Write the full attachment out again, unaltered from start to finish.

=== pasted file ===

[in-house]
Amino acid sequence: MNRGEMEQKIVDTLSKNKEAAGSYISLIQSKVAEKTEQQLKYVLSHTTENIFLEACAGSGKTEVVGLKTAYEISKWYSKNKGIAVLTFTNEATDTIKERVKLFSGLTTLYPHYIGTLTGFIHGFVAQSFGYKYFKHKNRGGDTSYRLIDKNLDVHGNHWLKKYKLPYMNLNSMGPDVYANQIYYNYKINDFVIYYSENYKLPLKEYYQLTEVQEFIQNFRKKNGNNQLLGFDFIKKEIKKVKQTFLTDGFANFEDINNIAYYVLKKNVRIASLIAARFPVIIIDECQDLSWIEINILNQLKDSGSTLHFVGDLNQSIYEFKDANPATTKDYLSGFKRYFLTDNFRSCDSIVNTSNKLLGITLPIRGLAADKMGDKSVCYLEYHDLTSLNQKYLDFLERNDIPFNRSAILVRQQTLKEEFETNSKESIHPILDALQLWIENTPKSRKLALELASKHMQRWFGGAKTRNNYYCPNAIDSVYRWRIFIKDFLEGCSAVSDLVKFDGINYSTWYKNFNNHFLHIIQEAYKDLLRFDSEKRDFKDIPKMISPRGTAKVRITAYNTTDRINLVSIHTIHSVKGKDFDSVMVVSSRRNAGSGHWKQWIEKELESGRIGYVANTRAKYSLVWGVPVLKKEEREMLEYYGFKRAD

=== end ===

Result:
[in-house]
Amino acid sequence: MNRGEMEQKIVDTLSKNKEAAGSYISLIQSKVAEKTEQQLKYVLSHTTENIFLEACAGSGKTEVVGLKTAYEISKWYSKNKGIAVLTFTNEATDTIKERVKLFSGLTTLYPHYIGTLTGFIHGFVAQSFGYKYFKHKNRGGDTSYRLIDKNLDVHGNHWLKKYKLPYMNLNSMGPDVYANQIYYNYKINDFVIYYSENYKLPLKEYYQLTEVQEFIQNFRKKNGNNQLLGFDFIKKEIKKVKQTFLTDGFANFEDINNIAYYVLKKNVRIASLIAARFPVIIIDECQDLSWIEINILNQLKDSGSTLHFVGDLNQSIYEFKDANPATTKDYLSGFKRYFLTDNFRSCDSIVNTSNKLLGITLPIRGLAADKMGDKSVCYLEYHDLTSLNQKYLDFLERNDIPFNRSAILVRQQTLKEEFETNSKESIHPILDALQLWIENTPKSRKLALELASKHMQRWFGGAKTRNNYYCPNAIDSVYRWRIFIKDFLEGCSAVSDLVKFDGINYSTWYKNFNNHFLHIIQEAYKDLLRFDSEKRDFKDIPKMISPRGTAKVRITAYNTTDRINLVSIHTIHSVKGKDFDSVMVVSSRRNAGSGHWKQWIEKELESGRIGYVANTRAKYSLVWGVPVLKKEEREMLEYYGFKRAD